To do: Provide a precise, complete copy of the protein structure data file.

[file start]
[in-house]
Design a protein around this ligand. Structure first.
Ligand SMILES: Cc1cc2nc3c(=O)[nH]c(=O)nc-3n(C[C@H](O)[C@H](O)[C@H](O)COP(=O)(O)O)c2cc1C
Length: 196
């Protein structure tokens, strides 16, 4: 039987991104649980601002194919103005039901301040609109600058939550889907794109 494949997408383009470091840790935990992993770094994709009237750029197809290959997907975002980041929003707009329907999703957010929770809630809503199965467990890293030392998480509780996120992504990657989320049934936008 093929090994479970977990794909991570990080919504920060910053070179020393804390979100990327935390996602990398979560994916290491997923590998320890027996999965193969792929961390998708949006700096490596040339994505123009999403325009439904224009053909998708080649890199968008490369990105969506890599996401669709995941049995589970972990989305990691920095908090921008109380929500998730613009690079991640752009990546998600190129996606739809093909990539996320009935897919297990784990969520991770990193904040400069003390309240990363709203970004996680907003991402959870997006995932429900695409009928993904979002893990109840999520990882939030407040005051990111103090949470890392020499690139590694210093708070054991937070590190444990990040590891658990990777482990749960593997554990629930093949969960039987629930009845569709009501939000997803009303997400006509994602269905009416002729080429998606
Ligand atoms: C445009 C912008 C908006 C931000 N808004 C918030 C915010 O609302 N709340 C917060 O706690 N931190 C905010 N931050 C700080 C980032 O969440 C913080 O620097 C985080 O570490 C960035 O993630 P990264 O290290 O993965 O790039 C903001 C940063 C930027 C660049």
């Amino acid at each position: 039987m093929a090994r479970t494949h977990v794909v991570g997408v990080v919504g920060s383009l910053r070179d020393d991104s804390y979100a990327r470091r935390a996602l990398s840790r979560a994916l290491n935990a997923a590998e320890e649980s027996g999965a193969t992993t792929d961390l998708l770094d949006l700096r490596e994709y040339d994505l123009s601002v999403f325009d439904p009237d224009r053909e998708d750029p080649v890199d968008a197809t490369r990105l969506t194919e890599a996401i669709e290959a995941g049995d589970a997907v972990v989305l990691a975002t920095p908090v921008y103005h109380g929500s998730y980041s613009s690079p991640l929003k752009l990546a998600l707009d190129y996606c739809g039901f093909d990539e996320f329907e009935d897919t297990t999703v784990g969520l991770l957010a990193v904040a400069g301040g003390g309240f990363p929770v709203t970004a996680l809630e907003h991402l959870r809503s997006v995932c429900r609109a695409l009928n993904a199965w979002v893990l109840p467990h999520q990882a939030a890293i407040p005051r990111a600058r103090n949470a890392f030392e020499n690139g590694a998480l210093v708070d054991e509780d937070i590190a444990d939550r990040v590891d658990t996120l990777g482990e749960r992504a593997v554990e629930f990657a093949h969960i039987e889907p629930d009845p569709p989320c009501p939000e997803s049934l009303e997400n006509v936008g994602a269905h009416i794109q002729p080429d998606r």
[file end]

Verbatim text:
[in-house]
Design a protein around this ligand. Structure first.
Ligand SMILES: Cc1cc2nc3c(=O)[nH]c(=O)nc-3n(C[C@H](O)[C@H](O)[C@H](O)COP(=O)(O)O)c2cc1C
Length: 196
């Protein structure tokens, strides 16, 4: 039987991104649980601002194919103005039901301040609109600058939550889907794109 494949997408383009470091840790935990992993770094994709009237750029197809290959997907975002980041929003707009329907999703957010929770809630809503199965467990890293030392998480509780996120992504990657989320049934936008 093929090994479970977990794909991570990080919504920060910053070179020393804390979100990327935390996602990398979560994916290491997923590998320890027996999965193969792929961390998708949006700096490596040339994505123009999403325009439904224009053909998708080649890199968008490369990105969506890599996401669709995941049995589970972990989305990691920095908090921008109380929500998730613009690079991640752009990546998600190129996606739809093909990539996320009935897919297990784990969520991770990193904040400069003390309240990363709203970004996680907003991402959870997006995932429900695409009928993904979002893990109840999520990882939030407040005051990111103090949470890392020499690139590694210093708070054991937070590190444990990040590891658990990777482990749960593997554990629930093949969960039987629930009845569709009501939000997803009303997400006509994602269905009416002729080429998606
Ligand atoms: C445009 C912008 C908006 C931000 N808004 C918030 C915010 O609302 N709340 C917060 O706690 N931190 C905010 N931050 C700080 C980032 O969440 C913080 O620097 C985080 O570490 C960035 O993630 P990264 O290290 O993965 O790039 C903001 C940063 C930027 C660049």
């Amino acid at each position: 039987m093929a090994r479970t494949h977990v794909v991570g997408v990080v919504g920060s383009l910053r070179d020393d991104s804390y979100a990327r470091r935390a996602l990398s840790r979560a994916l290491n935990a997923a590998e320890e649980s027996g999965a193969t992993t792929d961390l998708l770094d949006l700096r490596e994709y040339d994505l123009s601002v999403f325009d439904p009237d224009r053909e998708d750029p080649v890199d968008a197809t490369r990105l969506t194919e890599a996401i669709e290959a995941g049995d589970a997907v972990v989305l990691a975002t920095p908090v921008y103005h109380g929500s998730y980041s613009s690079p991640l929003k752009l990546a998600l707009d190129y996606c739809g039901f093909d990539e996320f329907e009935d897919t297990t999703v784990g969520l991770l957010a990193v904040a400069g301040g003390g309240f990363p929770v709203t970004a996680l809630e907003h991402l959870r809503s997006v995932c429900r609109a695409l009928n993904a199965w979002v893990l109840p467990h999520q990882a939030a890293i407040p005051r990111a600058r103090n949470a890392f030392e020499n690139g590694a998480l210093v708070d054991e509780d937070i590190a444990d939550r990040v590891d658990t996120l990777g482990e749960r992504a593997v554990e629930f990657a093949h969960i039987e889907p629930d009845p569709p989320c009501p939000e997803s049934l009303e997400n006509v936008g994602a269905h009416i794109q002729p080429d998606r």